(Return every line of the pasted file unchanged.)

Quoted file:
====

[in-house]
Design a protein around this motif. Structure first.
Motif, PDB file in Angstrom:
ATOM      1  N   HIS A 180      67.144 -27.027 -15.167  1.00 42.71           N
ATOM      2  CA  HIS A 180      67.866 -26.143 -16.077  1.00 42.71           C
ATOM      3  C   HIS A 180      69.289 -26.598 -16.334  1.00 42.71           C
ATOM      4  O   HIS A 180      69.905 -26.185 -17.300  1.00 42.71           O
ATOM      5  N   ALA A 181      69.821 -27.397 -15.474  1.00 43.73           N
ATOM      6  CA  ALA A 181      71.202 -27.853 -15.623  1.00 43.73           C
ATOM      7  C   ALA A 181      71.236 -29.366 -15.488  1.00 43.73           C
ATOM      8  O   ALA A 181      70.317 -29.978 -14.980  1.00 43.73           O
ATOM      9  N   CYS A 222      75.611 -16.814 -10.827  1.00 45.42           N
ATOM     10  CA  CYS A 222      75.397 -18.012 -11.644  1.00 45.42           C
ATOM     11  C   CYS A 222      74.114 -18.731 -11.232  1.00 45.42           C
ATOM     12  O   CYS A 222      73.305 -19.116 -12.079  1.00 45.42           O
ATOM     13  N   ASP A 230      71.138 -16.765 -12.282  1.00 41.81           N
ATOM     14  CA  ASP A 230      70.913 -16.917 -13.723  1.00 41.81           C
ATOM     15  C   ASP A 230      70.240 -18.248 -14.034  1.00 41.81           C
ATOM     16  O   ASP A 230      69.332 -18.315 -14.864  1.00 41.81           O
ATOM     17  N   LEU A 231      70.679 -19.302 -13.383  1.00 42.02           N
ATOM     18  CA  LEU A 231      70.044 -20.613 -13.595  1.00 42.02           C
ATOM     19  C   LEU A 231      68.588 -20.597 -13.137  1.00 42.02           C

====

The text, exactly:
[in-house]
Design a protein around this motif. Structure first.
Motif, PDB file in Angstrom:
ATOM      1  N   HIS A 180      67.144 -27.027 -15.167  1.00 42.71           N
ATOM      2  CA  HIS A 180      67.866 -26.143 -16.077  1.00 42.71           C
ATOM      3  C   HIS A 180      69.289 -26.598 -16.334  1.00 42.71           C
ATOM      4  O   HIS A 180      69.905 -26.185 -17.300  1.00 42.71           O
ATOM      5  N   ALA A 181      69.821 -27.397 -15.474  1.00 43.73           N
ATOM      6  CA  ALA A 181      71.202 -27.853 -15.623  1.00 43.73           C
ATOM      7  C   ALA A 181      71.236 -29.366 -15.488  1.00 43.73           C
ATOM      8  O   ALA A 181      70.317 -29.978 -14.980  1.00 43.73           O
ATOM      9  N   CYS A 222      75.611 -16.814 -10.827  1.00 45.42           N
ATOM     10  CA  CYS A 222      75.397 -18.012 -11.644  1.00 45.42           C
ATOM     11  C   CYS A 222      74.114 -18.731 -11.232  1.00 45.42           C
ATOM     12  O   CYS A 222      73.305 -19.116 -12.079  1.00 45.42           O
ATOM     13  N   ASP A 230      71.138 -16.765 -12.282  1.00 41.81           N
ATOM     14  CA  ASP A 230      70.913 -16.917 -13.723  1.00 41.81           C
ATOM     15  C   ASP A 230      70.240 -18.248 -14.034  1.00 41.81           C
ATOM     16  O   ASP A 230      69.332 -18.315 -14.864  1.00 41.81           O
ATOM     17  N   LEU A 231      70.679 -19.302 -13.383  1.00 42.02           N
ATOM     18  CA  LEU A 231      70.044 -20.613 -13.595  1.00 42.02           C
ATOM     19  C   LEU A 231      68.588 -20.597 -13.137  1.00 42.02           C